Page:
Title: Why Bother with Bayes
Speaker: Dr Thomas Louis
Department of Biostatistics, John Hopkins Bloomberg School of Public Health
Expert Statistical Consultant, Center for Drug Evaluation and Research, US FDA
The use of Bayesian designs and analyses in biomedical, environmental, educational, policy and many other contexts has burgeoned, even though its use entails additional overhead and some risk. Consequently, it is evident that statisticians and collaborators are increasingly finding the approach worth the bother. In the context of this escalating incidence, I highlight a subset of the potential advantages of the Bayesian approach along with some caveats. Examples include designs and analyses with required frequentist properties (Bayes for frequentist) and for fully Bayesian goals (Bayes for Bayes), a well-calibrated CI for a binomial parameter, sample size for a confidence interval, (Bayes) empirical Bayes modeling, comparison of two treatments (including a non-inferiority assessment), clinical trial monitoring, multiplicity issues; and addressing non-standard goals including ranking and histogram estimation.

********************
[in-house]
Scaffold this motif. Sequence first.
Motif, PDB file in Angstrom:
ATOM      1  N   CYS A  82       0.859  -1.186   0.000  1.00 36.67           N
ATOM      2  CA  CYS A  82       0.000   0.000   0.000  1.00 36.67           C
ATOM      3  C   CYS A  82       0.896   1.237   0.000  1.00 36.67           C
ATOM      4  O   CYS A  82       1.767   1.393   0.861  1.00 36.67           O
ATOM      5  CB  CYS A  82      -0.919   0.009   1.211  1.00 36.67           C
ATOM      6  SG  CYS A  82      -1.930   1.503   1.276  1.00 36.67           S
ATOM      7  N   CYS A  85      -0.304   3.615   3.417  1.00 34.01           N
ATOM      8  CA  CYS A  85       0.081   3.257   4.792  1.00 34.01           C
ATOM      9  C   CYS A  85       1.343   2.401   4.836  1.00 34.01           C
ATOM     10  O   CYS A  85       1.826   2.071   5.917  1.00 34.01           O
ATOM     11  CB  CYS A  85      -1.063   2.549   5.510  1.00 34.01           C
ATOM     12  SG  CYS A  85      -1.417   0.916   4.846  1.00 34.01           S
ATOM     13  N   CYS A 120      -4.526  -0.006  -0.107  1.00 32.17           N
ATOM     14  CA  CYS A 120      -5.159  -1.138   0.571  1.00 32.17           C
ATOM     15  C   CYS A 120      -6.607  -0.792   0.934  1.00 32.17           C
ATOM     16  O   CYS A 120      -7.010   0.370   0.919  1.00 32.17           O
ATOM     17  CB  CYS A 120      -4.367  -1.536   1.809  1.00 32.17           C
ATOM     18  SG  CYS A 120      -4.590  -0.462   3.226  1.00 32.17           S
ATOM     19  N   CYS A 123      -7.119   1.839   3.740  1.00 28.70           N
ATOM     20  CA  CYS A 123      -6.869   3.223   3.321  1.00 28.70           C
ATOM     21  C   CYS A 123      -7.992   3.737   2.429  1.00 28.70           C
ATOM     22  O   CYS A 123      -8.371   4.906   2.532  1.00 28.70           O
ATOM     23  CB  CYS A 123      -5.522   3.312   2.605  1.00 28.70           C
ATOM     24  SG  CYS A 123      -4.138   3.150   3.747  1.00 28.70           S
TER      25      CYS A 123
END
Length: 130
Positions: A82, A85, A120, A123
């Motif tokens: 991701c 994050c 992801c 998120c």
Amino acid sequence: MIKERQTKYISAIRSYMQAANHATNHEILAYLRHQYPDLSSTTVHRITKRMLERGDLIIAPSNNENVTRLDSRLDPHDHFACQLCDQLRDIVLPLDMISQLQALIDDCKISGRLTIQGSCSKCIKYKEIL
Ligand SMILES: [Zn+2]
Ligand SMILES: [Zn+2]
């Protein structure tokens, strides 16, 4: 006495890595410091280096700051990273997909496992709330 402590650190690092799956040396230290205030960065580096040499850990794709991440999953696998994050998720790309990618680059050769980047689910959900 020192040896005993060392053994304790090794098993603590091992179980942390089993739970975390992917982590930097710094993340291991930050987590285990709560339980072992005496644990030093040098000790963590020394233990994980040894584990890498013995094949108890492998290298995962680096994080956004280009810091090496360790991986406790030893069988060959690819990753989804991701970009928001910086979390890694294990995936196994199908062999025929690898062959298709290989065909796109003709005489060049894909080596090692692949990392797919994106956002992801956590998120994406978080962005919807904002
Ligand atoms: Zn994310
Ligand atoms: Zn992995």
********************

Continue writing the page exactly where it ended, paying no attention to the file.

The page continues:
The Bayesian approach is by no means a panacea (indeed, in 1970, Herman Rubin cautioned, “A good Bayesian does better than a non-Bayesian, but a bad Bayesian gets clobbered.") So, valid development and application places additional obligations on the investigative team, and it isn't always worth the effort. However, the investment can pay big dividends, the cost/benefit relation is increasingly attractive, and in many situations `going Bayes' is definitely worth the bother.
Join Skype Meeting: https://meet.lilly.com/natanegara_fanni/6T31HJQ8
Join by phone
+1 (317) 277-1498 (United States) English (United States)
+1 (855) 545-5910 (United States) English (United States)